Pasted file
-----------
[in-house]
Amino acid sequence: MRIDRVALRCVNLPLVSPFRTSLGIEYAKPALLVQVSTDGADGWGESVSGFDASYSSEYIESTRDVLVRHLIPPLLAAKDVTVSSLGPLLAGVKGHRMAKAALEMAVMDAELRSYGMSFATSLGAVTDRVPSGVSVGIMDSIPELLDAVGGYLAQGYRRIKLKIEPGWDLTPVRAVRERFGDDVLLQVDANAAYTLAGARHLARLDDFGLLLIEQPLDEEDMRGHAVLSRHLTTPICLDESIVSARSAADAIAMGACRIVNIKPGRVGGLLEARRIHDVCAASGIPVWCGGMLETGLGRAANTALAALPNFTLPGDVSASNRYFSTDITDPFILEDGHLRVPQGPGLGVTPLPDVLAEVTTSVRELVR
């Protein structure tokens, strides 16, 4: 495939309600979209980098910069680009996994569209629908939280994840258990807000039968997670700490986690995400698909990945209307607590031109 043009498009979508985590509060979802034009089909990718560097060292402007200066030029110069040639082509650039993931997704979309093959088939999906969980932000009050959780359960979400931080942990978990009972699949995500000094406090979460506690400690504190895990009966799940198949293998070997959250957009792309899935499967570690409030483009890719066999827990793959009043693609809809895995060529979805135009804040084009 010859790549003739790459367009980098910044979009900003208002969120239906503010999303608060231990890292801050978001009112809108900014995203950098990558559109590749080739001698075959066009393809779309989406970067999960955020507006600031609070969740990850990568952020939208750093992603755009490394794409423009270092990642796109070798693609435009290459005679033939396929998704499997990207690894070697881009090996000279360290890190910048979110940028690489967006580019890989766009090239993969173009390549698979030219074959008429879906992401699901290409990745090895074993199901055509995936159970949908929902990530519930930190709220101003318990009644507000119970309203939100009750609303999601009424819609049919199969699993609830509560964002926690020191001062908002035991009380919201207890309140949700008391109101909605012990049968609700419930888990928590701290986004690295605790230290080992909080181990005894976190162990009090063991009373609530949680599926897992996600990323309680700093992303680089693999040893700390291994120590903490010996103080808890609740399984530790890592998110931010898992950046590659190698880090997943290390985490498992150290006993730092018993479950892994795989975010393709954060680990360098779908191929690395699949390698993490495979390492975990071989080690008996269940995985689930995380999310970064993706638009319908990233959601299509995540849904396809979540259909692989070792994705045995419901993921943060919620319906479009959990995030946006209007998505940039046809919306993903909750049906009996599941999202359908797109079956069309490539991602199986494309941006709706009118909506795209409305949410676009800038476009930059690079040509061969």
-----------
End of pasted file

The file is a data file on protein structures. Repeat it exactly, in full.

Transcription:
[in-house]
Amino acid sequence: MRIDRVALRCVNLPLVSPFRTSLGIEYAKPALLVQVSTDGADGWGESVSGFDASYSSEYIESTRDVLVRHLIPPLLAAKDVTVSSLGPLLAGVKGHRMAKAALEMAVMDAELRSYGMSFATSLGAVTDRVPSGVSVGIMDSIPELLDAVGGYLAQGYRRIKLKIEPGWDLTPVRAVRERFGDDVLLQVDANAAYTLAGARHLARLDDFGLLLIEQPLDEEDMRGHAVLSRHLTTPICLDESIVSARSAADAIAMGACRIVNIKPGRVGGLLEARRIHDVCAASGIPVWCGGMLETGLGRAANTALAALPNFTLPGDVSASNRYFSTDITDPFILEDGHLRVPQGPGLGVTPLPDVLAEVTTSVRELVR
């Protein structure tokens, strides 16, 4: 495939309600979209980098910069680009996994569209629908939280994840258990807000039968997670700490986690995400698909990945209307607590031109 043009498009979508985590509060979802034009089909990718560097060292402007200066030029110069040639082509650039993931997704979309093959088939999906969980932000009050959780359960979400931080942990978990009972699949995500000094406090979460506690400690504190895990009966799940198949293998070997959250957009792309899935499967570690409030483009890719066999827990793959009043693609809809895995060529979805135009804040084009 010859790549003739790459367009980098910044979009900003208002969120239906503010999303608060231990890292801050978001009112809108900014995203950098990558559109590749080739001698075959066009393809779309989406970067999960955020507006600031609070969740990850990568952020939208750093992603755009490394794409423009270092990642796109070798693609435009290459005679033939396929998704499997990207690894070697881009090996000279360290890190910048979110940028690489967006580019890989766009090239993969173009390549698979030219074959008429879906992401699901290409990745090895074993199901055509995936159970949908929902990530519930930190709220101003318990009644507000119970309203939100009750609303999601009424819609049919199969699993609830509560964002926690020191001062908002035991009380919201207890309140949700008391109101909605012990049968609700419930888990928590701290986004690295605790230290080992909080181990005894976190162990009090063991009373609530949680599926897992996600990323309680700093992303680089693999040893700390291994120590903490010996103080808890609740399984530790890592998110931010898992950046590659190698880090997943290390985490498992150290006993730092018993479950892994795989975010393709954060680990360098779908191929690395699949390698993490495979390492975990071989080690008996269940995985689930995380999310970064993706638009319908990233959601299509995540849904396809979540259909692989070792994705045995419901993921943060919620319906479009959990995030946006209007998505940039046809919306993903909750049906009996599941999202359908797109079956069309490539991602199986494309941006709706009118909506795209409305949410676009800038476009930059690079040509061969």